Meanwhile, Rory McIlroy, who is playing in his first tourney since enduring a rib injury, is leading by two shots. His wedge game was awesome. In strokes gained for approach shots into the green, Rory had mostly wedges because let’s all say together: the altitude so the ball goes forever! And he hits it far, anyway.

McIlroy, who hasn’t played a competitive round since January 15, missed a few short putts in the last few holes, yet still managed to shoot an impressive seven-under 65. He also had a date Wednesday night with the toilet and despite lack of sleep and feeling under the weather, he posted a four-under 68 in the first round.

Highlights from Rory’s post-round quotes…

*On his game overall:

I played really solid. I basically hit the ball where I was looking for the most part. I think my wedge play was really good. I had some really good wedges and short irons and that’s really, if you can do that around here you’re going to score well. A little disappointed with the couple of misses coming in, but it can happen late in the day on these greens. Yeah, a couple of misreads, that was really it. I felt like I made two good strokes on those last two holes, but these things happen. But I’m still, I’m two-ahead going in the weekend, so I’m in a good spot.

*He’s totally exceeded his expectations (love how honest he is):

Oh, exceeded expectations, way exceeded expectations. I came here not with low expectations but I didn’t really know what to expect. It’s my first competitive week back after seven weeks, an injury. I was just trying to take it each day as it came. I’ve got through two days and I’m in a pretty good spot and hopefully the next two days go just as well. Definitely exceeded expectations up until this point.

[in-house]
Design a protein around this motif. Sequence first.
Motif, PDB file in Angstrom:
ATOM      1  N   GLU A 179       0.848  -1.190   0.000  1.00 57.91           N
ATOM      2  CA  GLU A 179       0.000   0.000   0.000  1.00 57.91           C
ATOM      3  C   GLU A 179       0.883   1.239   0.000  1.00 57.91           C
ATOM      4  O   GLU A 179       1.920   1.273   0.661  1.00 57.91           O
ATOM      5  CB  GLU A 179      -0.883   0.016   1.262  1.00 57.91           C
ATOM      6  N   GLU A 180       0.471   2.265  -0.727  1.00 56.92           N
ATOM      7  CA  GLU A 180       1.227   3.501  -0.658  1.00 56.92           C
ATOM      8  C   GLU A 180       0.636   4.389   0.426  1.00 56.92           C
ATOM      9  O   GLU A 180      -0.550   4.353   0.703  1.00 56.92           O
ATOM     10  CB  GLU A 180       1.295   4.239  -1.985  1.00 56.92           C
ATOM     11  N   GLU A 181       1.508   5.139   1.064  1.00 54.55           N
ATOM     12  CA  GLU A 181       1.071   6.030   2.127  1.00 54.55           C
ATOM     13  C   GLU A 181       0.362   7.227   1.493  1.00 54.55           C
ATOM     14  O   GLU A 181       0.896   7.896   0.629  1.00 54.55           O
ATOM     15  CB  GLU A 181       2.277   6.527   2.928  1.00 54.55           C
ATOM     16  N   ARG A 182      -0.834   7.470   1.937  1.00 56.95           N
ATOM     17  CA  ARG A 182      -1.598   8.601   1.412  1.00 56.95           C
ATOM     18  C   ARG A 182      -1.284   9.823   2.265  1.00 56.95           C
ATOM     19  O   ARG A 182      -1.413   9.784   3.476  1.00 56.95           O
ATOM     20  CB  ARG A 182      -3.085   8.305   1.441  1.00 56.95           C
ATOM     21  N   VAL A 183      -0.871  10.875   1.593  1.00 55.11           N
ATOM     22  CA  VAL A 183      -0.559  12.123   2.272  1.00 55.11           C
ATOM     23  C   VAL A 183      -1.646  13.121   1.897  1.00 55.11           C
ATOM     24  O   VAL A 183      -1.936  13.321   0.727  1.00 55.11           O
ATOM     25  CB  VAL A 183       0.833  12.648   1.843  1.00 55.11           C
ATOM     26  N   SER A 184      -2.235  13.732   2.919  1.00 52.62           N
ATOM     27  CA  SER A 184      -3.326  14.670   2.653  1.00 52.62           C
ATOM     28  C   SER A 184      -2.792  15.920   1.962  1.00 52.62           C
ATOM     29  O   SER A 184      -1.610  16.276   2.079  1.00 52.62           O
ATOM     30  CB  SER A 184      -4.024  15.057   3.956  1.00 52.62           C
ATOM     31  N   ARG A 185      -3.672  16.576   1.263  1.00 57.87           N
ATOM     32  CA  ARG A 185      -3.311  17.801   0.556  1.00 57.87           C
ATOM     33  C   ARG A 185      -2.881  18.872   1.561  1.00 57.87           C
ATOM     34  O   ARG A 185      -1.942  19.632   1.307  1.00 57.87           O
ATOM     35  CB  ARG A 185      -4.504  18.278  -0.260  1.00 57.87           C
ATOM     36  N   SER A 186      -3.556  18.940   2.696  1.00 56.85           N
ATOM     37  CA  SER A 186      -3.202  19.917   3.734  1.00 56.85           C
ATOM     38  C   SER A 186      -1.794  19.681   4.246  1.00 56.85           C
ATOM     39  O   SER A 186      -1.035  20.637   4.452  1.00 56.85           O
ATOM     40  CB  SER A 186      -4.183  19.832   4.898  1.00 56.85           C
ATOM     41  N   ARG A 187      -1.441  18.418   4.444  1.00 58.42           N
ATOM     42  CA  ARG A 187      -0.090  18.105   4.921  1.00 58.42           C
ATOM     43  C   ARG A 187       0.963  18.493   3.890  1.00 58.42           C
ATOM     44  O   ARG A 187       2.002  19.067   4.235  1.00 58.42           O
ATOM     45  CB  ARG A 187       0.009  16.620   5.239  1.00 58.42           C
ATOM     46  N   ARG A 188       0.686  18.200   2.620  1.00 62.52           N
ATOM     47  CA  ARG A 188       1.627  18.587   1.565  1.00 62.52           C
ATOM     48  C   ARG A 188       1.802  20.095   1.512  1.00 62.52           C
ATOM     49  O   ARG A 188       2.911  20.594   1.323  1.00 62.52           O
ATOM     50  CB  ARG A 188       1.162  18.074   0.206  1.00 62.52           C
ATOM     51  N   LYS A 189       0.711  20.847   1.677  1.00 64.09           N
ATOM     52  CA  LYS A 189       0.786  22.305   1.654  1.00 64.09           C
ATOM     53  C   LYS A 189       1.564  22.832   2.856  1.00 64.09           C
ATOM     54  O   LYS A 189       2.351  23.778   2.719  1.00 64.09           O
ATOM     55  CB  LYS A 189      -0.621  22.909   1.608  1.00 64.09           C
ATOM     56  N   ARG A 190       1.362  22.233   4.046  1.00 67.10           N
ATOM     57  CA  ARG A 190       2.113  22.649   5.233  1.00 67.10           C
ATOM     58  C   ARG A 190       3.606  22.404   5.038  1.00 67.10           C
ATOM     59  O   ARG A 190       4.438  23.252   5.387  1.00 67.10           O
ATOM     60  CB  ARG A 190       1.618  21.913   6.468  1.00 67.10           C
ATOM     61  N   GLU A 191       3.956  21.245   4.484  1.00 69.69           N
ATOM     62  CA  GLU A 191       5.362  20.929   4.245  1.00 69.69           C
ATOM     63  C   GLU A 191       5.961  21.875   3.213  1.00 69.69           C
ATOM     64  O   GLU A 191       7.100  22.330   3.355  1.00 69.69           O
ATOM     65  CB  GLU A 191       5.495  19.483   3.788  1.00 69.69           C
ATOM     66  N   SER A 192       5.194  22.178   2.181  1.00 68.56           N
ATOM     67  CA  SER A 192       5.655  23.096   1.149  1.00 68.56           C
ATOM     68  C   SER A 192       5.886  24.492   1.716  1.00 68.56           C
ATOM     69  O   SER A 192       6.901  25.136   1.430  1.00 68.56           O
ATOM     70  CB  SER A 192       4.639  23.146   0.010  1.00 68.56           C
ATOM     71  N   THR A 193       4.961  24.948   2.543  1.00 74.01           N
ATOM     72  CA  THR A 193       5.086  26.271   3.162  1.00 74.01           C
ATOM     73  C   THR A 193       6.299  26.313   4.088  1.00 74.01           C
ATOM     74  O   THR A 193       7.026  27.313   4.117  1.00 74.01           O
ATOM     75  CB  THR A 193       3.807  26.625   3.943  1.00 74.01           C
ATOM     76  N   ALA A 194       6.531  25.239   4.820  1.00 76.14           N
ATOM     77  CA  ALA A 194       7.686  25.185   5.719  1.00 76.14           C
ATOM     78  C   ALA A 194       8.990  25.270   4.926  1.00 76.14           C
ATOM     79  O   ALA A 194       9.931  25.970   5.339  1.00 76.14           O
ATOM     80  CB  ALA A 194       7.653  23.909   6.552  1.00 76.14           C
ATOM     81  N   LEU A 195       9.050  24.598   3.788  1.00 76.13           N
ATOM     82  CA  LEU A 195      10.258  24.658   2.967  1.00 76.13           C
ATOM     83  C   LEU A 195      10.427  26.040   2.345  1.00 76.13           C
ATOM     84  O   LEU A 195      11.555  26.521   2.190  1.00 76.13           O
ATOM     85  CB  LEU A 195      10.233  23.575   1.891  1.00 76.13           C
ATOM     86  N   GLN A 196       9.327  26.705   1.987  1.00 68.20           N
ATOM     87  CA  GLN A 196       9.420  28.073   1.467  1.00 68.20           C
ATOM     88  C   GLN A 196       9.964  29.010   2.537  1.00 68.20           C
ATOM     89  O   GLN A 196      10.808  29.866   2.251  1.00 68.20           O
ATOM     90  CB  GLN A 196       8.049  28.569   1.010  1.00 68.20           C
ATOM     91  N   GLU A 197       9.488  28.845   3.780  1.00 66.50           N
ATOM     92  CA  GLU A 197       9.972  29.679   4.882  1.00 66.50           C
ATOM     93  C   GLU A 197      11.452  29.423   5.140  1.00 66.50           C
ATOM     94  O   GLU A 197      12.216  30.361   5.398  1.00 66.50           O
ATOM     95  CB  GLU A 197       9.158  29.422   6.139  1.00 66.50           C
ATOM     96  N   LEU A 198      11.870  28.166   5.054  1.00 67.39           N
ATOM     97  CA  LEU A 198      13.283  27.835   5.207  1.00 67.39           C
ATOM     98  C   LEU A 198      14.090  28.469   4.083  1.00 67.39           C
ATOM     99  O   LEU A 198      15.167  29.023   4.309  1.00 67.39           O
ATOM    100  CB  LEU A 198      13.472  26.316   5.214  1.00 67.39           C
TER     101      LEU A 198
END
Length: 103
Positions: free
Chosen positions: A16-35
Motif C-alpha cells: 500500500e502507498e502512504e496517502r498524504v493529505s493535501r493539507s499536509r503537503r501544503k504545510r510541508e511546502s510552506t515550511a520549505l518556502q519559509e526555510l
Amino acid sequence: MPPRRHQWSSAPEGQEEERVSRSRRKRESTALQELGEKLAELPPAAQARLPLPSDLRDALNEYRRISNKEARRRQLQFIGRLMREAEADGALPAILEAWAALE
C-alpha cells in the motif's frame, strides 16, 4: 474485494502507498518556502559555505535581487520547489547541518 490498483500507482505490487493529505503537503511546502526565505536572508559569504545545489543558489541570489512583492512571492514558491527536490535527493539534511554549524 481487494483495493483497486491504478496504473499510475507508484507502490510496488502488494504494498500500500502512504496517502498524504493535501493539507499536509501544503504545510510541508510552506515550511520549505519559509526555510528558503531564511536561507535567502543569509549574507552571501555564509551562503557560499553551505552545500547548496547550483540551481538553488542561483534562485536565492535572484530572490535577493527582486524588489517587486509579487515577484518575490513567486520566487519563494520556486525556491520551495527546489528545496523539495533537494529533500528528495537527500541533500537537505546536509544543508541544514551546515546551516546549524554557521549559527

*He generally has played well coming off long layoffs and returning from injuries:

I really didn’t know what to expect but physically I feel really good. 36 holes, it’s not the most physically demanding golf course. Obviously the altitude takes a little bit out of you but I feel great. Yeah, I mean, I think I’ve exceeded my expectations coming into the week. I would have — I would have liked to have said coming in here yeah, I’m going to just get straight back at it and contend for the win or whatever, but I’m sort of a bit more realistic than that. Coming in here this week I definitely would have taken a top-10, it would have been a great start to come back, but I’m in a great position and I can think about trying to win this thing.

Yeah, the course looks easy to walk, but hell, I felt like I was climbing a mountain because of the altitude.

*Geez, guys, the scores are too high!

I don’t want to jinx it, but yeah, I’m surprised that the scoring isn’t better. Obviously there’s a lot to adjust to with altitude and the greens and whatever, but I guess it is tricky if you miss it in the wrong spots but I haven’t really put myself out of position at all and that’s probably why I’m a couple ahead right now.

I hope Rory wins by 10. Or maybe just to make it exciting he wins in a thrilling duel against Phil or Dustin Johnson or RIckie Fowler or any rising star, fun player to watch.